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Penelope Breaks Up in Ernesto

The 35-foot wooden boat, Penelope, fell victim to Tropical Storm Ernesto (photo courtesy Les Anderson).While the territory escaped Tropical Storm Ernesto with just some strong winds and bouts of heavy rain, Les Anderson’s 35-foot wooden boat, Penelope, fell victim to the storm. The boat was moored in Round Bay, St. John, when it broke loose from the mooring.

“I got a phone call that she was adrift and headed toward Pelican Rock,” he said.

Round Bay is fairly open to the south, and Anderson suggested that the winds were pretty brisk in that area.

The call came about 6 p.m. Friday. Anderson said Penelope grounded and he was able to set out a bunch of anchors.

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“But she went and pounded herself to death,” he said.

The keel broke off and not much of the boat is above water, he said. Anderson doesn’t know why the mooring failed, but he said perhaps the mooring chain rusted through.

Anderson, a St. John artist, built the boat at Hassel Island off St. Thomas with much of the materials scavenged from other boats. Launched in 1972, it’s named after a former wife, Penny Poole, who helped Anderson build the boat.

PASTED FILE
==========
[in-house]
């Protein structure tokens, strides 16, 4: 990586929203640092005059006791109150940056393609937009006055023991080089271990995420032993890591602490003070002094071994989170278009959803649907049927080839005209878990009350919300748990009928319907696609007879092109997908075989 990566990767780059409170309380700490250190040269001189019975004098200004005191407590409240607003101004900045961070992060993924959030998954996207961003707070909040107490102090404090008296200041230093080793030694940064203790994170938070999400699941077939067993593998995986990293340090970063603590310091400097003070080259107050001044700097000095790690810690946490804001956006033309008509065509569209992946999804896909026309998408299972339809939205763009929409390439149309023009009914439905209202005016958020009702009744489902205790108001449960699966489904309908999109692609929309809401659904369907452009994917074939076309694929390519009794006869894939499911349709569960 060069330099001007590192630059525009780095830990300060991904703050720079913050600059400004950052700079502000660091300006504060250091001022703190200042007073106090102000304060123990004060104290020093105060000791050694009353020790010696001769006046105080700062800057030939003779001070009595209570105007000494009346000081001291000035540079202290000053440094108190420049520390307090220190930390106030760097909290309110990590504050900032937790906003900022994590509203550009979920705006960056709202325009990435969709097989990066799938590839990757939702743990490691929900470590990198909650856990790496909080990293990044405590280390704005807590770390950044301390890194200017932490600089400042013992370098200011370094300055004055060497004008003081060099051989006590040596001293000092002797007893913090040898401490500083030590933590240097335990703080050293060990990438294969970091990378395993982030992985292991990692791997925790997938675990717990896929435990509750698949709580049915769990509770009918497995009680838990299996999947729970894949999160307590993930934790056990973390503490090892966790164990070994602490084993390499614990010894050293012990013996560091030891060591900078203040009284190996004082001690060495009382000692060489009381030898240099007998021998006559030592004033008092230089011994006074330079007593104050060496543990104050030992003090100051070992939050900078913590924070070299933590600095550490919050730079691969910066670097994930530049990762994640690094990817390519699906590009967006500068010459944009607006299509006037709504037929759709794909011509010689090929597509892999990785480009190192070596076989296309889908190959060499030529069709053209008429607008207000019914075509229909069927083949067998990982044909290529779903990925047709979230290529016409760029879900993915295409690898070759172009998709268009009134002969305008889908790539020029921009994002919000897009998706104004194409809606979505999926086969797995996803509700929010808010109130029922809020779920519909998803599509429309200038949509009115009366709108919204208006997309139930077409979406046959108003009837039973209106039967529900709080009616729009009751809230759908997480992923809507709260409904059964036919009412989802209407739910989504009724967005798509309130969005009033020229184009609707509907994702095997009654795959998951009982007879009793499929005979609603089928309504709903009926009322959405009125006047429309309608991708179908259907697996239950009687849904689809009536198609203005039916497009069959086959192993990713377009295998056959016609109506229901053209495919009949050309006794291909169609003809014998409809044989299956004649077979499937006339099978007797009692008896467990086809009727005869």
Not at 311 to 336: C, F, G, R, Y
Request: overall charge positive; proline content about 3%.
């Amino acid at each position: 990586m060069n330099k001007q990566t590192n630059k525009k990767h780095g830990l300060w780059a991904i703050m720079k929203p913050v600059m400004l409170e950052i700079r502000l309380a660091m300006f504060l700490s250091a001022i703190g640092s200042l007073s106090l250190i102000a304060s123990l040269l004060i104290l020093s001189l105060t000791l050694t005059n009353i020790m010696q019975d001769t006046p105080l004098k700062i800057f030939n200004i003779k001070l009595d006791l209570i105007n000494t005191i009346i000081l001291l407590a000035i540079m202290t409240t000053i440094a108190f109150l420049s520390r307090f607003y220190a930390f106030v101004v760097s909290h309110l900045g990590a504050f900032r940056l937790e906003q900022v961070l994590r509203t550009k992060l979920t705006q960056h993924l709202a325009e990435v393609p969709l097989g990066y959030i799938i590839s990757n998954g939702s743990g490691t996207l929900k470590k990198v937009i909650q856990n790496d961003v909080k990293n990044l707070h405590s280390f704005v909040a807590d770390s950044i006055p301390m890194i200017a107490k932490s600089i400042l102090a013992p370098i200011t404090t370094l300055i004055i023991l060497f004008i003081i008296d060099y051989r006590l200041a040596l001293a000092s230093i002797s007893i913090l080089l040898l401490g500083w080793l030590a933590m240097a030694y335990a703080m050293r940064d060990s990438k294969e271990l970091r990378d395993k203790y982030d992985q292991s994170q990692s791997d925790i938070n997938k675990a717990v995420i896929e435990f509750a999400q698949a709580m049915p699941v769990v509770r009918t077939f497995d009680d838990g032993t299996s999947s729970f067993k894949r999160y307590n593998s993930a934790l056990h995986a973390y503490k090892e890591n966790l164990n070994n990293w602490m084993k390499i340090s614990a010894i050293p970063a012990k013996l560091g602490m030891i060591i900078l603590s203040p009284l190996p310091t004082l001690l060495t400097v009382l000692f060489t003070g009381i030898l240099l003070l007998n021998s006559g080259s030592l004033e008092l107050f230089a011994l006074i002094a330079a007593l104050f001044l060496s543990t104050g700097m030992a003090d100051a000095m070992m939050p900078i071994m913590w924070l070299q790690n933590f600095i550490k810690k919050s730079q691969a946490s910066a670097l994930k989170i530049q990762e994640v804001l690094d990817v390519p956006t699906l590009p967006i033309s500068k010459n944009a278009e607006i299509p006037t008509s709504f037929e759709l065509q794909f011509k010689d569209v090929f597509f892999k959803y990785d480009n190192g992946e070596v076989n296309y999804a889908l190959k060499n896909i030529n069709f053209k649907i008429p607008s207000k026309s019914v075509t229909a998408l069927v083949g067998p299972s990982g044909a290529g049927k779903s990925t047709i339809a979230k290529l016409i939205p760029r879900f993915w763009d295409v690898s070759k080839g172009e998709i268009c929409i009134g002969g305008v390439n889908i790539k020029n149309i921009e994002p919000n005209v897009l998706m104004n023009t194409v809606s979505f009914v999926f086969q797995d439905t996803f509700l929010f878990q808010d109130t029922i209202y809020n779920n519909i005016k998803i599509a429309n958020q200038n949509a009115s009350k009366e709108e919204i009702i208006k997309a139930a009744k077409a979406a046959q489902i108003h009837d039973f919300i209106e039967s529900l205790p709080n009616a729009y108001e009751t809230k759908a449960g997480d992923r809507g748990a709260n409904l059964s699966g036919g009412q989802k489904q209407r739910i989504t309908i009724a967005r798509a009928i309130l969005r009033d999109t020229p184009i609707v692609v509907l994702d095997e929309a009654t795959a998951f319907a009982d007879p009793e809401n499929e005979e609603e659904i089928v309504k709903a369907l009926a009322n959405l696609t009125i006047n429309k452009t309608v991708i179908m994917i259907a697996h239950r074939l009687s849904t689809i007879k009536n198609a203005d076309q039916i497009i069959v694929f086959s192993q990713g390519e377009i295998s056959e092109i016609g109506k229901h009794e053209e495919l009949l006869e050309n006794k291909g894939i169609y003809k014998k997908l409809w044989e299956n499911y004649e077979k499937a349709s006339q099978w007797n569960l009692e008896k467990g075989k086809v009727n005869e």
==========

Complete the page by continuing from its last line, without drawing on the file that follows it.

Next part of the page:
According to Anderson, he raced Penelope for the first time against Taurus in Foxy’s Wooden Boat Regatta in 1973 and began sailing the boat around the Caribbean to places like St. Barth’s. Upon returning to St. Thomas in the 1980s, Penelope burnt almost to the water line at the Lagoon. He rebuilt her spending all the money he had earned selling his art in St. Barth’s.

Penelope’s demise is the end of Anderson’s dream, and some would say, the end of one of the Coral Bay area’s legendary boats.

Anderson took the news that his beloved boat was gone with grace.

“I’m somewhat upset, but I’m hanging in there,” he said.

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